Meditations & Reflections
A book of reflections, meditations and prayers for Advent and Christmas, Lent, Holy Week and Easter, Ascension and Pentecost arising out of conversations about faith, love, doubt and hope.
Updated edition of this guide to St Cuthbert's Way that brings the landscape to life through a wealth of stories and personalities. Includes a look at early Celtic and Anglo-Saxon spirituality, the more recent history of the Borderlands and the flora and fauna to look out for along the route. 2019 edition.
A moving and insightful reflection by a Christian minister on his grassroots engagement with Islam - from inner-city parish ministry in Leeds to the streets of Karbala at a time of rising Islamophobia and the 'War on Terror'.
When Ralph Morton wrote The Twelve Together in the mid-1950s, it was in response to the need he perceived for an understanding of Jesus's life with his disciples in order to inform a more appropriate pattern of church life in his own day
A book of poems from the edge, by the author of Dandelions and Thistles. With down-to-earth detail, they celebrate the beauty, uniqueness, mystery of this world which we share and the courage of people who, confronted by injustice, hold on to their humanity.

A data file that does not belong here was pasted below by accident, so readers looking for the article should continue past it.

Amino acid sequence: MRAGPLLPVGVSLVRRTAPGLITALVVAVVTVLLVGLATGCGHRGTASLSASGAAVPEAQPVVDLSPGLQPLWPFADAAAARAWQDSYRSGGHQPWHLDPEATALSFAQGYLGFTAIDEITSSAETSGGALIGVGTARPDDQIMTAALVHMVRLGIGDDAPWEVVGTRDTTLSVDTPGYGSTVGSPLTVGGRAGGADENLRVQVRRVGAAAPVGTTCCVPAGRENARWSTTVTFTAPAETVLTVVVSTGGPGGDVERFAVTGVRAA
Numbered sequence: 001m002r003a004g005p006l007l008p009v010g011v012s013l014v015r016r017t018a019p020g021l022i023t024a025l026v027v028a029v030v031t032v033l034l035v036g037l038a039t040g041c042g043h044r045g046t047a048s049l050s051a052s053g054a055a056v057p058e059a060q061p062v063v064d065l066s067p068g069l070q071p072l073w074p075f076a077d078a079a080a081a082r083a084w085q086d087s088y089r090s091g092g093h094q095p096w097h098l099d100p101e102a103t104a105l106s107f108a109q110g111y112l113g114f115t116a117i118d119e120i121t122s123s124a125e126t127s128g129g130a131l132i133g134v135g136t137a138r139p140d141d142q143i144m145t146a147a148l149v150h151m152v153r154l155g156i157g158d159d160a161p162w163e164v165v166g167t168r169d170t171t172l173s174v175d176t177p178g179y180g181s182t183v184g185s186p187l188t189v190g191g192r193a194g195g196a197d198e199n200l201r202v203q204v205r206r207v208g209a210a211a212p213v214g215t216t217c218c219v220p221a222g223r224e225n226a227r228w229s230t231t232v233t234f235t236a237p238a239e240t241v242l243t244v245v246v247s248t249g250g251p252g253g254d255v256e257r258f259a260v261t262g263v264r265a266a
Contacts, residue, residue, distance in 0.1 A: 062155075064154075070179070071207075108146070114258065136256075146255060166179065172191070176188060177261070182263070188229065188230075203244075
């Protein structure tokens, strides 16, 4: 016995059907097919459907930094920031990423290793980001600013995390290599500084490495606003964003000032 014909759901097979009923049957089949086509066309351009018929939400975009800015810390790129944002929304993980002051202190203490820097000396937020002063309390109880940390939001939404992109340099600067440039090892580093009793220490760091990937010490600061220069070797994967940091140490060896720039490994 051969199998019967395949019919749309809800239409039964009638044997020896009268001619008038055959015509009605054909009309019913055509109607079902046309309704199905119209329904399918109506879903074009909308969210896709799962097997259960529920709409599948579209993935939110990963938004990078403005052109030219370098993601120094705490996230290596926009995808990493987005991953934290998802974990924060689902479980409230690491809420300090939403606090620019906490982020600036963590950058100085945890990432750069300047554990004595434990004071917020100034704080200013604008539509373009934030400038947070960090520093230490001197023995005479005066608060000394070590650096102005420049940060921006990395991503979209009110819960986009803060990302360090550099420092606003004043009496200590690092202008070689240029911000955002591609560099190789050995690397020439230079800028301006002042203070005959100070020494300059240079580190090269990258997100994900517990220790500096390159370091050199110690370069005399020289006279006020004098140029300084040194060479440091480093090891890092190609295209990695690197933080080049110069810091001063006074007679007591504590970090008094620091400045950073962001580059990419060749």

First published in 1951, this book had its origin in a discussion as to whether the prime determining factor in human social relations is economic, as claimed by the Marxist world, and acted on implicitly by most of the rest of the world. Ralph Morton therefore begins with a study of the teaching of the Bible on economic and social life.
Five practical workshops, for groups or individuals, to explore the use of words and poetry in everyday life. The readings and activities in this book aim to lead us to a deeper understanding of how we use language.
A fine collection of readings, poems, theology and liturgy to help us on our unfinished journey to ecological awareness. 'Give me sustainability, but not yet,' could be our 21st-century version of St Augustine's famous 'continence' prayer. We need to start rethinking our beliefs as if the rest of nature mattered, linking liberation theology with environmental issues, for as the world becomes more uninhabitable, it is the poorest who suffer first and longest. But our relationship with non-human nature is more than just material and economic. We need to start loving nature for its own sake, not just for what we can get out of it, physically, emotionally or spiritually.